We are gradually restarting our learning programmes as we now have thermal thermometers, sanitizers and a limited supply of surgical masks that enable us to take the necessary precautionary measures. For these resources, we thank the many organisations and individuals who reached out to us asking how they may help. We were touched by the concern and encouragement of many and their practical gestures such as asking family and friends living overseas to secure a thermometer on our behalf.
Just before a homework support programme began, we had to stop an enthusiastic volunteer from entering our premises. She was running a fever and after a second reading was similar despite having rested for a few minutes, we advised her to see a doctor immediately. A straightforward procedure one may say but we actually found it uncomfortable stopping someone at the door. For those who were already inside, there was both concern for the volunteer and an awkward feeling that one could have been exposed to an infection.
The volunteer left to see a doctor and when we called to check on her, we were relieved that she was already feeling better after some medication and she was not miffed by the experience. She told us that she felt fine when she left her home but started feeling a little uneasy when she arrived at our place. She certainly would not have come if she had felt ill at home and was quite glad that we got her to seek medical help before she got sicker.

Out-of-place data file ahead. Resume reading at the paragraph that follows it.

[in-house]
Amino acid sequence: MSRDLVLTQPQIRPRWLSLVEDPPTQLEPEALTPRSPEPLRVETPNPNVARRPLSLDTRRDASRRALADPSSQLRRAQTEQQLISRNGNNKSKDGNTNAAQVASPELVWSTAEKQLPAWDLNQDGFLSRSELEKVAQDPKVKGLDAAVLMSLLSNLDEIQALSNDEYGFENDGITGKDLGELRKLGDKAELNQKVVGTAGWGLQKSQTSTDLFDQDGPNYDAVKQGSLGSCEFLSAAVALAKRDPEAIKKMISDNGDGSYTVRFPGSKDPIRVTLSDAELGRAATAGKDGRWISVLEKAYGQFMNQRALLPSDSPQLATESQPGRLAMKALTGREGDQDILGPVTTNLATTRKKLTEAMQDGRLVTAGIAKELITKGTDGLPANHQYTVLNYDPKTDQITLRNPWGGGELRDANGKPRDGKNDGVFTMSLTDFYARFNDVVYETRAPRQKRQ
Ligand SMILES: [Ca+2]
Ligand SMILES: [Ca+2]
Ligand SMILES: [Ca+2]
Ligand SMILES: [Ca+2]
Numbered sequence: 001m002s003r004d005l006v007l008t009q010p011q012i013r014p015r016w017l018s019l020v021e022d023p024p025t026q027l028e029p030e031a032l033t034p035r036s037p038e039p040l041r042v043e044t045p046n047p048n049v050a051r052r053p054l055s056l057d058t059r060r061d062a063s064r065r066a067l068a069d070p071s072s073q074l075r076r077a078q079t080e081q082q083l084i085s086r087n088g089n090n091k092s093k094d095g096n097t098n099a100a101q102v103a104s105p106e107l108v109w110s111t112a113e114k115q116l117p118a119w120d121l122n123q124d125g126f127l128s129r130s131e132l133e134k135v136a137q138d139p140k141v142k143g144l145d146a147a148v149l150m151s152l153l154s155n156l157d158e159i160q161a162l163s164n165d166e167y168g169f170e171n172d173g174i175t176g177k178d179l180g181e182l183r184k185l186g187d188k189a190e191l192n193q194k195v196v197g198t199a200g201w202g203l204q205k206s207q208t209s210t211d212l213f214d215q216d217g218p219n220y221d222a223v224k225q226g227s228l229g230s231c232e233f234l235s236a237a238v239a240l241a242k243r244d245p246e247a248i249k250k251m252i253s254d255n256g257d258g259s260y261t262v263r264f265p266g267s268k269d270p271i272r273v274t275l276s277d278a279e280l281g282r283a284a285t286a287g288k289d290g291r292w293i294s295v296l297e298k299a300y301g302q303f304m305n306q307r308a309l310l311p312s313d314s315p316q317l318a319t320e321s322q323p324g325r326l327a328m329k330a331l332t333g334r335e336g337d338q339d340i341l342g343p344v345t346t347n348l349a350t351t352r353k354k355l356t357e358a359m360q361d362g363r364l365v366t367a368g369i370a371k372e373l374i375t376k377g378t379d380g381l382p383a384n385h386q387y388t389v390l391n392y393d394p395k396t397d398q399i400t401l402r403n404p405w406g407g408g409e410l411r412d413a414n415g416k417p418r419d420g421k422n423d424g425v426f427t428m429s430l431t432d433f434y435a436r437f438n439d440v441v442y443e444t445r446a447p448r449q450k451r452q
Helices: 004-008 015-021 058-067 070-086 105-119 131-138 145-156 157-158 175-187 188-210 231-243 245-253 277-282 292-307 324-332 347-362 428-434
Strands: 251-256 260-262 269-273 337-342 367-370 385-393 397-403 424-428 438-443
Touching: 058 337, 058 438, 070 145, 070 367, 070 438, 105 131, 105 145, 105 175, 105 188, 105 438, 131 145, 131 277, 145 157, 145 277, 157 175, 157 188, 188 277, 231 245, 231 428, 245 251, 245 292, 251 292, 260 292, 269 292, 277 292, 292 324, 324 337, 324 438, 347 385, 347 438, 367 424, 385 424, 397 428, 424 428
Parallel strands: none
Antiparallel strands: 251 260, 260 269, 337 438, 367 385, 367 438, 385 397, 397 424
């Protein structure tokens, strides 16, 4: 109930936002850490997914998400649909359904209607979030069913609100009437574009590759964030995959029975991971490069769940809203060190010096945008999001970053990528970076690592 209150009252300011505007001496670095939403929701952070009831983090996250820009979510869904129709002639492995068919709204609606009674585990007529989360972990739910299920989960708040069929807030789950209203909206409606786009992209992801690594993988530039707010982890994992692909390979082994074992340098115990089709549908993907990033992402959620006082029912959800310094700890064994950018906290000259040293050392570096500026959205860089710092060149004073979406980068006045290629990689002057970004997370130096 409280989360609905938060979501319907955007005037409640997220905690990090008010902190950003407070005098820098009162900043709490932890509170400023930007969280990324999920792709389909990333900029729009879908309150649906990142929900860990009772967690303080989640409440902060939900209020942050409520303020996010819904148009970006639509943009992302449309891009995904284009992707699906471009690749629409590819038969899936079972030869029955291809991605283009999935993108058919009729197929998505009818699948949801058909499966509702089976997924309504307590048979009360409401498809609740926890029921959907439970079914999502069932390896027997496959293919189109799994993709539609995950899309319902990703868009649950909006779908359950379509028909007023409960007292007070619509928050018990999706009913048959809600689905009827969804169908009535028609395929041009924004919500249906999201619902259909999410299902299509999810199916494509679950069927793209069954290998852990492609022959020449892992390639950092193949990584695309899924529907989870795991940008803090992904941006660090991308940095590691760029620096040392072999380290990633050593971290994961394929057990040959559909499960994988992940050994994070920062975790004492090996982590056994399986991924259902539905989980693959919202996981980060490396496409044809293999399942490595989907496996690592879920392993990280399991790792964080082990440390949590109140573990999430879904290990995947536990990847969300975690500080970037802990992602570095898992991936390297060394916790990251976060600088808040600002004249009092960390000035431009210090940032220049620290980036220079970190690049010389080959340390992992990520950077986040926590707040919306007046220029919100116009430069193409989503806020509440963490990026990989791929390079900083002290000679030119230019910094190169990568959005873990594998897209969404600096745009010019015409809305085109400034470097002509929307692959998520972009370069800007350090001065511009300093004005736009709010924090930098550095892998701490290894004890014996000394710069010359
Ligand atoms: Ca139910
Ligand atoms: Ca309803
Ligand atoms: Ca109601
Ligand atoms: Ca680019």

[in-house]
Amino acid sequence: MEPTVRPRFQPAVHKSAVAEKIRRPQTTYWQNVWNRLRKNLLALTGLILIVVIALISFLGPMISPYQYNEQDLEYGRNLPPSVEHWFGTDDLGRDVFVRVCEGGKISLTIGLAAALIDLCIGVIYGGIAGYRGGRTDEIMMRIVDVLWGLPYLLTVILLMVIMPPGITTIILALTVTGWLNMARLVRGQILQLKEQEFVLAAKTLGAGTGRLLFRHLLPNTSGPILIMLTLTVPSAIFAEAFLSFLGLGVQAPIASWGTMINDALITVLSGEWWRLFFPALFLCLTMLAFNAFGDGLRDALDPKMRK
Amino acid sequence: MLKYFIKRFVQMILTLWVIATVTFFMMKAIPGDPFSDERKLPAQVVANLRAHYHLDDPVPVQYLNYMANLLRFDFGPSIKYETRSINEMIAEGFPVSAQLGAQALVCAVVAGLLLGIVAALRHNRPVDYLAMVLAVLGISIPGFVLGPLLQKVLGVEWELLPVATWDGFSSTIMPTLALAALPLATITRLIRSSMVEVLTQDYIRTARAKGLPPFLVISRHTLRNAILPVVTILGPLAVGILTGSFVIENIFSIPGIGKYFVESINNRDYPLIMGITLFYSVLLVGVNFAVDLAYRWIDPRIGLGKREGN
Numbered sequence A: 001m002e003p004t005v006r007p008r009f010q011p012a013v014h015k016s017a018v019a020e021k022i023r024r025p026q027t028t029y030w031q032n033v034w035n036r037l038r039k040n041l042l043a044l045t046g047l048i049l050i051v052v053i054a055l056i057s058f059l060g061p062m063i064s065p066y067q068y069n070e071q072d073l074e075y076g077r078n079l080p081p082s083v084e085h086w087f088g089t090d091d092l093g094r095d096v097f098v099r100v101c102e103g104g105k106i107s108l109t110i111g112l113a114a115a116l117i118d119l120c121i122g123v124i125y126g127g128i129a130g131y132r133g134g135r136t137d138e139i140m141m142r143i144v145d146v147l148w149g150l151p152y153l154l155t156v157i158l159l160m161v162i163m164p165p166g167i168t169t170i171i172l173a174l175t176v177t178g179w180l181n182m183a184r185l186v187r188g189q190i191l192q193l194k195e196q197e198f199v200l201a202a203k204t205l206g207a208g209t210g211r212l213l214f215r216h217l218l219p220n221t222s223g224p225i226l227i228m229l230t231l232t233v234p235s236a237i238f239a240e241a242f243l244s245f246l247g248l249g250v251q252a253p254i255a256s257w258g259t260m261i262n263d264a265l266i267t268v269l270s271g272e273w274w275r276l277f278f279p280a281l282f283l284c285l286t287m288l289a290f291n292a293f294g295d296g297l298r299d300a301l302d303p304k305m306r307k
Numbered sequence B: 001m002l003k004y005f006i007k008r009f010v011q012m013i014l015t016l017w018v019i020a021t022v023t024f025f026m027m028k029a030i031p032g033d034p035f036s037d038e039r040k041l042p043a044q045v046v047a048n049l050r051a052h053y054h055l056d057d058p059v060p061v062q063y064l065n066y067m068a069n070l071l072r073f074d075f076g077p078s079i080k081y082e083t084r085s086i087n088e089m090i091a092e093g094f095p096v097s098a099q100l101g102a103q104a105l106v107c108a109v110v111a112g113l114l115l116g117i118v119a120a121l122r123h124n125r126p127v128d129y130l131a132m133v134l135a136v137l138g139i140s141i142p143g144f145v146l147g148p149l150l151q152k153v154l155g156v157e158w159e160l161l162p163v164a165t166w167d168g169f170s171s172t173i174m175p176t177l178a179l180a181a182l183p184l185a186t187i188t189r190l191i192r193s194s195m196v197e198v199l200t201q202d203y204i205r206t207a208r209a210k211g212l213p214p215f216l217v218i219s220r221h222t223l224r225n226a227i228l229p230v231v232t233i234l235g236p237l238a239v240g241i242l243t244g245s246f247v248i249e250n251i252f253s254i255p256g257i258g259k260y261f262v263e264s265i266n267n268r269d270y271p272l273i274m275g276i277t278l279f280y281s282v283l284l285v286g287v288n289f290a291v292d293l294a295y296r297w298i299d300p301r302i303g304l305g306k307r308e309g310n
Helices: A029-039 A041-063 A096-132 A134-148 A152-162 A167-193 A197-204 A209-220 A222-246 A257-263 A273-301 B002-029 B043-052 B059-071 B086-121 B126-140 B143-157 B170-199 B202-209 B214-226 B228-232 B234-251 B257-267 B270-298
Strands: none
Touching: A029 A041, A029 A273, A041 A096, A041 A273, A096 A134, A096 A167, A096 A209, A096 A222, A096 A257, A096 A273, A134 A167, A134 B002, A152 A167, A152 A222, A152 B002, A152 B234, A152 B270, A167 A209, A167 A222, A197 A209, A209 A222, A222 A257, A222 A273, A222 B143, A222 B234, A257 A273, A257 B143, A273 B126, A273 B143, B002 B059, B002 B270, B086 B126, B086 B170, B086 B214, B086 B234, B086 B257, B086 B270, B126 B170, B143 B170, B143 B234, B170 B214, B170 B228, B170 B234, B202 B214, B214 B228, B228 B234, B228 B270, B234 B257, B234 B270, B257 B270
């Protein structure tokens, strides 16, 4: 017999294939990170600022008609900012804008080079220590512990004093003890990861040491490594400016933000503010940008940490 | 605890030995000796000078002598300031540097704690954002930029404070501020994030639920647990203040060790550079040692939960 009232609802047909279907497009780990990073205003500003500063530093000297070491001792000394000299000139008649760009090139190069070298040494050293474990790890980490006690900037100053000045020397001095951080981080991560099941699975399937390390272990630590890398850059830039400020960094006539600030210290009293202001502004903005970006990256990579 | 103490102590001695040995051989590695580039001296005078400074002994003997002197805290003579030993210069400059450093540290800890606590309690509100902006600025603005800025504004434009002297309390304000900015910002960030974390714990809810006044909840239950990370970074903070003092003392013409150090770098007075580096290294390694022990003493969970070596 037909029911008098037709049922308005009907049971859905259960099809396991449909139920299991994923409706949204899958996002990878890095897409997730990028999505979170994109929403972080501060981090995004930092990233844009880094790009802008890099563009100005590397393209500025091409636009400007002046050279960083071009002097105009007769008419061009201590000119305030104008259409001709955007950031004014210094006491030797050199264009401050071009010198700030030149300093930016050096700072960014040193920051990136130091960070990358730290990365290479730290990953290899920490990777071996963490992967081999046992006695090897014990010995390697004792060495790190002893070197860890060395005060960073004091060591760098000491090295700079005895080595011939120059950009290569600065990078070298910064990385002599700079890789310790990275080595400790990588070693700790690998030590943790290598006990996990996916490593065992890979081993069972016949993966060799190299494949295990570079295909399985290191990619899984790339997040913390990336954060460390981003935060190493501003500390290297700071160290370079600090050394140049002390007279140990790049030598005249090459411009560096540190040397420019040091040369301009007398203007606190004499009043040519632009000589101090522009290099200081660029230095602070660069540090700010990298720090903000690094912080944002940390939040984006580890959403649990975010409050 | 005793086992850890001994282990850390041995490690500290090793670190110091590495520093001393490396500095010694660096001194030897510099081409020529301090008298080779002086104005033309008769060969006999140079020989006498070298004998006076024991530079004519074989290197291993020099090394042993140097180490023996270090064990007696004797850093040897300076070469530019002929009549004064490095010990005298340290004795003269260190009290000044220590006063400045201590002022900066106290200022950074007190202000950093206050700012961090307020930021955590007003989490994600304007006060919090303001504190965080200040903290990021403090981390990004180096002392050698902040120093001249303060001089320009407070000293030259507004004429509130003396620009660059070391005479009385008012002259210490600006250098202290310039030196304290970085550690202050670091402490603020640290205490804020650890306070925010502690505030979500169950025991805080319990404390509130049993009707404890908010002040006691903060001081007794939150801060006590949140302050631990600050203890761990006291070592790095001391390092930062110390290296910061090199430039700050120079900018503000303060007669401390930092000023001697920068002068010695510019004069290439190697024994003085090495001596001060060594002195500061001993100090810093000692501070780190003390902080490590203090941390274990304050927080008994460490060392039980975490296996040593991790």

So why did we find it uncomfortable stopping her at the door? We were only doing the right thing and so, were we uncomfortable exercising authority? Or we were afraid to offend someone who only meant well? Perhaps we were fearful of being infected and a little angry why this person would put us and a roomful of children at risk. As we found out later, the volunteer did not think that she was ill because when she checked her temperature before leaving home, she was well.
These past weeks have been pressing because as much as we try, life as we know it is different and our work has taken on the emphasis of caring for those affected by the COVID-19 situation. We are encouraged that help has been forthcoming but also cannot help thinking that in moments of vulnerability, we need to do something to regain a sense of normality.
Some of us may take steps to protect ourselves and our loved ones while others reach out to assist or to support the efforts of helping agencies. Caring for others should always be applauded but let’s not criticise those who feel that they must attend to their own needs first. Instead, if there is anything that helps ease these pressing times, it would be a little love, care and understanding for each other.
Wishing you health and peace of mind.
“Nothing in life is to be feared, it is only to be understood. Now is the time to understand more, so that we may fear less.” ― Marie Curie